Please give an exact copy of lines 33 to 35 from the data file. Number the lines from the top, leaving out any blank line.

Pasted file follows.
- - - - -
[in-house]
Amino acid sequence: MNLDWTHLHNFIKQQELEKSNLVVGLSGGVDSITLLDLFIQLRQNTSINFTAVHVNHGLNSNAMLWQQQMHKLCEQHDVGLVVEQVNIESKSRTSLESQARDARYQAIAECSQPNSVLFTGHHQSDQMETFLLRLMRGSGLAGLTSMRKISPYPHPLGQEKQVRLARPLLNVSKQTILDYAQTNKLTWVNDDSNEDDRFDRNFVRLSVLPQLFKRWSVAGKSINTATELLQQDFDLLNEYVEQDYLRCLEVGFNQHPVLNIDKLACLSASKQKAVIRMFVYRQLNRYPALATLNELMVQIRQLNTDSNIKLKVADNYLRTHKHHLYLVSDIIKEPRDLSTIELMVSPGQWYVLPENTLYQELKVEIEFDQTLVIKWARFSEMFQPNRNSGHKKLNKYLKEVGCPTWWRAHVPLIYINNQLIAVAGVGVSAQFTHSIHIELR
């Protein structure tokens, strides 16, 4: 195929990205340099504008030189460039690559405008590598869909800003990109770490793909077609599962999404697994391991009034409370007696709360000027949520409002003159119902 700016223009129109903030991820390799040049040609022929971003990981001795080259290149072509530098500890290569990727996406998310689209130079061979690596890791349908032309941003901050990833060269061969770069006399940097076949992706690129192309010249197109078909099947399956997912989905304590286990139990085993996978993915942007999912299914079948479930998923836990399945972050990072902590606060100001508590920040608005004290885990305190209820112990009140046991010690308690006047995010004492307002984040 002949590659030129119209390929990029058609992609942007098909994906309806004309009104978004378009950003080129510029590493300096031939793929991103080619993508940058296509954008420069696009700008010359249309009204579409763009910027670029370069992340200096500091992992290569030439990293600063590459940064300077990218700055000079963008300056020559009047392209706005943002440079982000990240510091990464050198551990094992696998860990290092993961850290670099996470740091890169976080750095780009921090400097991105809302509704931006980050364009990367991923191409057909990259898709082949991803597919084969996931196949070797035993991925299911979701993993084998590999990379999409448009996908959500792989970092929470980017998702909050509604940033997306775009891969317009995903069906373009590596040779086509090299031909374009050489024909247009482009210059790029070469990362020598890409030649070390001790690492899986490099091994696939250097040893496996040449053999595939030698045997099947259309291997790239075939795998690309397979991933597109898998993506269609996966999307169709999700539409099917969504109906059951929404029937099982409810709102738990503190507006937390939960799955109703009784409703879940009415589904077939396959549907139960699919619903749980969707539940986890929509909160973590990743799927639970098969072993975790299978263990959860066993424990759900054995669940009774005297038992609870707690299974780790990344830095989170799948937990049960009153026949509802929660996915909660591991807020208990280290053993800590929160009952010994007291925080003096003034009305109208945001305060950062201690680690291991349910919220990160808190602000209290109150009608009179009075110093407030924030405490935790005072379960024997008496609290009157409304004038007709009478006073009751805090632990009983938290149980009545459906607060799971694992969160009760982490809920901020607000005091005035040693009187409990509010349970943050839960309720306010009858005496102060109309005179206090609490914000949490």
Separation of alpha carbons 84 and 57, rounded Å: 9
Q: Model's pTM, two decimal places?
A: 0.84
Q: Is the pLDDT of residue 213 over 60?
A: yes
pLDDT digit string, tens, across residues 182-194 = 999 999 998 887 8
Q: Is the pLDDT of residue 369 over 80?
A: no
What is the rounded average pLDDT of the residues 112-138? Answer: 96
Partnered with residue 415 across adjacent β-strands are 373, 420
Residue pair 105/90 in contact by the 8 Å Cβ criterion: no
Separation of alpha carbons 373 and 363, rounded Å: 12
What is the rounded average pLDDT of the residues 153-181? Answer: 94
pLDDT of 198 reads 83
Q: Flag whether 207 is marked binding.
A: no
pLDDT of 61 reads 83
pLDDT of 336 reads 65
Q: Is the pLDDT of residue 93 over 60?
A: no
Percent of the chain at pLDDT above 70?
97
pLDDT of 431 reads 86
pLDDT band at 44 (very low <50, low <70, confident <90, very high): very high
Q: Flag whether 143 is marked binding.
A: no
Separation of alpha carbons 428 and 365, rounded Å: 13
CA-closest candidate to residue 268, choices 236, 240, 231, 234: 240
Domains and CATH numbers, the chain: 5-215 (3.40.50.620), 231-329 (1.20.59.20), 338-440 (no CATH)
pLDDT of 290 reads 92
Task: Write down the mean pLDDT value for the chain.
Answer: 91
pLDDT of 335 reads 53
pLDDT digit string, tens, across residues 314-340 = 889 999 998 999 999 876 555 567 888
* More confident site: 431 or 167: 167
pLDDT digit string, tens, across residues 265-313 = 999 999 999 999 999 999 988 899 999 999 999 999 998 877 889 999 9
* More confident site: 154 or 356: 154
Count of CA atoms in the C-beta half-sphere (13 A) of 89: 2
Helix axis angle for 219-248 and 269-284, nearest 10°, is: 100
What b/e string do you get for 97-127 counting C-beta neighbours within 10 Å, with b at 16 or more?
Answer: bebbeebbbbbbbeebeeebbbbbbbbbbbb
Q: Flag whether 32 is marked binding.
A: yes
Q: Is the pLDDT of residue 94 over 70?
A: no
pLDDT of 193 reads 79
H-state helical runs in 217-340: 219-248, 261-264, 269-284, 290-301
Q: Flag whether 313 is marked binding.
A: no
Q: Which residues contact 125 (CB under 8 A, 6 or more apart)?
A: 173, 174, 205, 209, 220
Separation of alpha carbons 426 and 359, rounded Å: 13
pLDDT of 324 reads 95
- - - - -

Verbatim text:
pLDDT of 290 reads 92
Task: Write down the mean pLDDT value for the chain.
Answer: 91